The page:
Evidence and Ideas for Change A remarkable 2019
Sarah Rosen Wartell
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For the Urban Institute, 2019 was a transformative year, when, in celebration of our 50th anniversary, we embarked on our Next50, an exploratory process that produced fresh bodies of research, fostered new partnerships, and clarified how we must work in the future. It represented just a sliver of what we accomplished this year. We also launched the Center for Education Data and Policy and the Housing Matters initiative. We kicked off exciting projects, such as the Prison Research and Innovation Initiative, and expanded well-established bodies of work, such as that on apprenticeships. We also reframed our long-standing focus on race and discrimination to deliver more data and analysis on structural and systemic issues that drive racial inequities in this country. We have daily evidence that Urban’s work is making a difference in policy and practice in communities, capitals, and boardrooms across the country. In my final newsletter for 2019, I want to share with you just a handful of contributions this institution I’m so grateful and proud to lead made during this remarkable year. Informing national debates with research

  • Urban’s analysis of eight health care reforms continues to be a go-to guide for understanding the complicated trade-offs of the 2020 Democratic hopefuls’ different health care reform plans—Medicare for All, universal coverage, a public option—and their potential effects on health insurance coverage and spending.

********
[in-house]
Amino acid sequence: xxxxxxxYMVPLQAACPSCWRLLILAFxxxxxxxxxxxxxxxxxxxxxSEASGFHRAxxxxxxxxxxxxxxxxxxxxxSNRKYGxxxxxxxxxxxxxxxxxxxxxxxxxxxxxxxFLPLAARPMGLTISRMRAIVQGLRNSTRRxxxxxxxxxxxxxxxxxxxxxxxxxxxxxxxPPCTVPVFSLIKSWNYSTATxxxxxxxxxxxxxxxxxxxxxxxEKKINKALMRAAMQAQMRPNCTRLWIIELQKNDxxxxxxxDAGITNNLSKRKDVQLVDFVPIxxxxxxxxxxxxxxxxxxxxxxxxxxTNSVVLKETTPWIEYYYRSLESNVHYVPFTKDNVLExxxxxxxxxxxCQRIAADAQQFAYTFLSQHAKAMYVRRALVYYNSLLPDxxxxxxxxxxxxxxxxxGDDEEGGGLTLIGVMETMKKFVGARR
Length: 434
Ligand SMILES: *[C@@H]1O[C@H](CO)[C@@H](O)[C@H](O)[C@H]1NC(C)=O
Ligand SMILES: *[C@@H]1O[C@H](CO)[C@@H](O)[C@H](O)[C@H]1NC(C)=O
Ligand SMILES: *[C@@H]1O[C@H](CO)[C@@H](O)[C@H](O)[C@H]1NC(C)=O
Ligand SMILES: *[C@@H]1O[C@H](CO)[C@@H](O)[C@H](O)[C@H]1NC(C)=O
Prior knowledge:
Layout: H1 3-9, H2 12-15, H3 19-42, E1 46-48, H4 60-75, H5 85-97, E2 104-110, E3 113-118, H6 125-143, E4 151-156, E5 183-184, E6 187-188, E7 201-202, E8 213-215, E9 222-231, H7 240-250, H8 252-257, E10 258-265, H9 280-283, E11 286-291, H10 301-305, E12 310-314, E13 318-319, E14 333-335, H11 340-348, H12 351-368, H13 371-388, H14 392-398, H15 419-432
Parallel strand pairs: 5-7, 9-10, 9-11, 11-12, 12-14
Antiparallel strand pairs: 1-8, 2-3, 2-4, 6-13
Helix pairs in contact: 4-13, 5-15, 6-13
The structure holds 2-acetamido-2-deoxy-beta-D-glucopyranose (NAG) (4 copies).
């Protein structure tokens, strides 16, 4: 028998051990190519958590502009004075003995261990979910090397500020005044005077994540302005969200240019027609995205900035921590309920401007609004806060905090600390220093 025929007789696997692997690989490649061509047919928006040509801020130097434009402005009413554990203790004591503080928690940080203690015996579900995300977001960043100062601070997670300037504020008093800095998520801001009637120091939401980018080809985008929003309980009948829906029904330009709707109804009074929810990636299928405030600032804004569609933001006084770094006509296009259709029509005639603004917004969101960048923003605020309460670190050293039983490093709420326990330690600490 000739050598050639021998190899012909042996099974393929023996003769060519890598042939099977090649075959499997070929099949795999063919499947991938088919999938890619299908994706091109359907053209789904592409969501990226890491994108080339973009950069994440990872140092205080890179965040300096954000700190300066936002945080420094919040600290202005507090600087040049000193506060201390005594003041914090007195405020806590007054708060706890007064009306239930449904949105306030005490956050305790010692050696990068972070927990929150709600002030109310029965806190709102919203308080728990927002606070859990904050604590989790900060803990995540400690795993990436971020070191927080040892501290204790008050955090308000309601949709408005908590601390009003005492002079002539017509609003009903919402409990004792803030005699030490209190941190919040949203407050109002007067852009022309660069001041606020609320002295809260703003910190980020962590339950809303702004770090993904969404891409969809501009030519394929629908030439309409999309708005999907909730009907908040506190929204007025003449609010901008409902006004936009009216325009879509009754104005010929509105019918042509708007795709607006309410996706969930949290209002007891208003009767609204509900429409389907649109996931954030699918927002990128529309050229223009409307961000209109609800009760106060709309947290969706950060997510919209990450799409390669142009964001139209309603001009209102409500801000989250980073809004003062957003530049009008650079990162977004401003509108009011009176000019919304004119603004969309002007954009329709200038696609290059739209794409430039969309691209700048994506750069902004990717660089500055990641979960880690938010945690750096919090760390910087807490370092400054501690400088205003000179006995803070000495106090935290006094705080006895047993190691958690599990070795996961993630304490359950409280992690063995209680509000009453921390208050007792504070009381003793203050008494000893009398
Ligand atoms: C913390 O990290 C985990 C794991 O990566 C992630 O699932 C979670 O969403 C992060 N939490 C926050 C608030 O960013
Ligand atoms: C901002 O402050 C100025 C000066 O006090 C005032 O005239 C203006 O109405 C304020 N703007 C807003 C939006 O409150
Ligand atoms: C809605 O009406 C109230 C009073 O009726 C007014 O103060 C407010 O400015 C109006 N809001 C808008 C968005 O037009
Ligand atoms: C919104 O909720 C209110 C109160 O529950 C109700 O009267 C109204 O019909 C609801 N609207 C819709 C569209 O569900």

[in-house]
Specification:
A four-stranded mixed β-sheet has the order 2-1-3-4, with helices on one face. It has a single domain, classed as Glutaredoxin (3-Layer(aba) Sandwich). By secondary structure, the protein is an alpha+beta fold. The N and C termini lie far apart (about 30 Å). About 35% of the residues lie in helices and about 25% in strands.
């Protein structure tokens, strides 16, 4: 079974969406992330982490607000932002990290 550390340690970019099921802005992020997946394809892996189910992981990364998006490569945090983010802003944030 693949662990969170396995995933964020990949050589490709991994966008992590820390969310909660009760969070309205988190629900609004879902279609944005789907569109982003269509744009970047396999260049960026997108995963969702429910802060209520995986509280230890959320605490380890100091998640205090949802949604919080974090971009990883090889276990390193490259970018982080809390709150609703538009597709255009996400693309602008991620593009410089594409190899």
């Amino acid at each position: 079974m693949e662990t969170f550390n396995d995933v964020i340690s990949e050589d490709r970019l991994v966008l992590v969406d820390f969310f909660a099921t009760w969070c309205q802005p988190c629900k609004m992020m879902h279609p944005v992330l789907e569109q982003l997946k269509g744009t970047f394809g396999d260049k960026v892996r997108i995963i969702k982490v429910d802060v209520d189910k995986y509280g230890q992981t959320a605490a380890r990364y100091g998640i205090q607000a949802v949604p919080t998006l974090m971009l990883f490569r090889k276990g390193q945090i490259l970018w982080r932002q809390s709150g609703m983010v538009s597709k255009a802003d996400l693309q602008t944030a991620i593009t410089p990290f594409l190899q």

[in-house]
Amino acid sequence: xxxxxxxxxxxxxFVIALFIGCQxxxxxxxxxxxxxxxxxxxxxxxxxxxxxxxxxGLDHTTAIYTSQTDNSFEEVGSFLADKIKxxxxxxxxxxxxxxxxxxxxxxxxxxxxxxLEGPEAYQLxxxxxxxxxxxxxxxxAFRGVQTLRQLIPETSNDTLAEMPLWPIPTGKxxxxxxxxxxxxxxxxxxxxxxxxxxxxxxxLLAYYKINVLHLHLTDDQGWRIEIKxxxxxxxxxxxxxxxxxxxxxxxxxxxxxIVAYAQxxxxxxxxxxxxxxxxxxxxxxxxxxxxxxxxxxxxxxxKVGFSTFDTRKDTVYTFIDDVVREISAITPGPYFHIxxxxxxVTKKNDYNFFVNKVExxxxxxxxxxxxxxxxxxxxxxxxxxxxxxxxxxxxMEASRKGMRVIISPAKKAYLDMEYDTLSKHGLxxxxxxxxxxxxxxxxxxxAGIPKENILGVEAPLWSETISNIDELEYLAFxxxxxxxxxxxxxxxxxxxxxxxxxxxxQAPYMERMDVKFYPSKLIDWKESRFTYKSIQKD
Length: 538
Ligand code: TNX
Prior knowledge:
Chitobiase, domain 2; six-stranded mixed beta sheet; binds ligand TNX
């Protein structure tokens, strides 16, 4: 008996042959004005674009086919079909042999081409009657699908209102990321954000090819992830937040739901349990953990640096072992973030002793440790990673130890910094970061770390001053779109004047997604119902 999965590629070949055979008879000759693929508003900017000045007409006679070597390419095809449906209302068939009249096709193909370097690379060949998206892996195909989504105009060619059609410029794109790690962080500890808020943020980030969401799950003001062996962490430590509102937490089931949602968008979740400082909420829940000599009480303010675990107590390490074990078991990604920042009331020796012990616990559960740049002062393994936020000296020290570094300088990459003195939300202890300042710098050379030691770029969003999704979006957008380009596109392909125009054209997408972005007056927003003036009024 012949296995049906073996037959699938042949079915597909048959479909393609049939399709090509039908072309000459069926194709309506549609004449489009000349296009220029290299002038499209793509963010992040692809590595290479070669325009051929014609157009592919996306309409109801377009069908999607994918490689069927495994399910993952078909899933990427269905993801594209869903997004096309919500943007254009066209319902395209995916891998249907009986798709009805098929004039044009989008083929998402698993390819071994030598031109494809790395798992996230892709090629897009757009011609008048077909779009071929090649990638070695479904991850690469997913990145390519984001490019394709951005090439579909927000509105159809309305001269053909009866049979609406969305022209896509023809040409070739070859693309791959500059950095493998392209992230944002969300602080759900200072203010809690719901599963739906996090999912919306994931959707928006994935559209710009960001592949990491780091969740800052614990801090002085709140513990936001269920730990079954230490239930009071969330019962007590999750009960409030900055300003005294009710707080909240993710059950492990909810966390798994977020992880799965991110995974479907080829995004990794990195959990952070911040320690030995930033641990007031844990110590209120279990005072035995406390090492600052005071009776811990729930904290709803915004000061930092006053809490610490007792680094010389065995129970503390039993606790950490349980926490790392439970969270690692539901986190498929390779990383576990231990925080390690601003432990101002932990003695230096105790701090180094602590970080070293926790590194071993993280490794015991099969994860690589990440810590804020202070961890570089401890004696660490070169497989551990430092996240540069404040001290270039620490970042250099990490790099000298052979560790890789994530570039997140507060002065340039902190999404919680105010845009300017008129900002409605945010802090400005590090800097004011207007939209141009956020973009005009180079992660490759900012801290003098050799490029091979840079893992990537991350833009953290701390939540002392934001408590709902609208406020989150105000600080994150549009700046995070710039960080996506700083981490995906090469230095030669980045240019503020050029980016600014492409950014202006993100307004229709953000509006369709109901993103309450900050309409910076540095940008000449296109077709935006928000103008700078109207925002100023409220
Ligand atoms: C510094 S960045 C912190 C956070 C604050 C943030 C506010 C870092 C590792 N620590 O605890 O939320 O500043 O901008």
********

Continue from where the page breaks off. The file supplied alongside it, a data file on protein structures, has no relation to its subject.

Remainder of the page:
• Our timely analysis helped shape debate on the administration’s proposed changes to the “public charge” rule, which would make it more difficult for immigrants to become lawful permanent residents. We demonstrated that families are avoiding public activities out of fear, thereby limiting their access to safety net programs. Our work, issued in English and Spanish, helped inform many public comments on the proposed rule and was cited by media nationally and worldwide, from Time and the Honolulu Star-Advertiser, to Univision (featuring Urban research analyst Dulce Gonzalez), RTÉ in Ireland, and Folha de S.Paulo in Brazil.

Promoting shared prosperity

  • Through our Shared Prosperity Partnership (SP2), we helped the Arlington Community Foundation respond to the imminent arrival of Amazon’s HQ2. We organized and supported a convening of stakeholders that developed strategies for limiting the displacement of residents with lower incomes and ensuring that all residents could contribute to economic growth. This effort played a key role in Amazon’s $3 million grant to the foundation to create and preserve affordable housing and provide support services. And in Fresno, California—where data show that growth was less inclusive than in any other metropolitan area in the state—an SP2 roundtable held in partnership with the Central Valley Community Foundation helped lay the groundwork for Frenso DRIVE. Earlier this month, Governor Newsom cited the 10-year investment plan as a useful economic development template for other regions in California during his keynote at the California Forward Summit.   

Leveraging research technology and data science

  • Urban launched our Education Data Explorer, a first-of-its-kind resource that draws on cutting-edge technology to bring all publicly available data on schools, districts, and colleges under the same roof. We’ve also standardized the information so it’s easy to access data, measure change over time, and make connections across datasets.

Shaping state and local policy

  • Mayor Lori Lightfoot highlighted a new Urban analysis of capital flows into Chicago neighborhoods in her announcement of a new equitable economic development strategy that brings investment to more communities.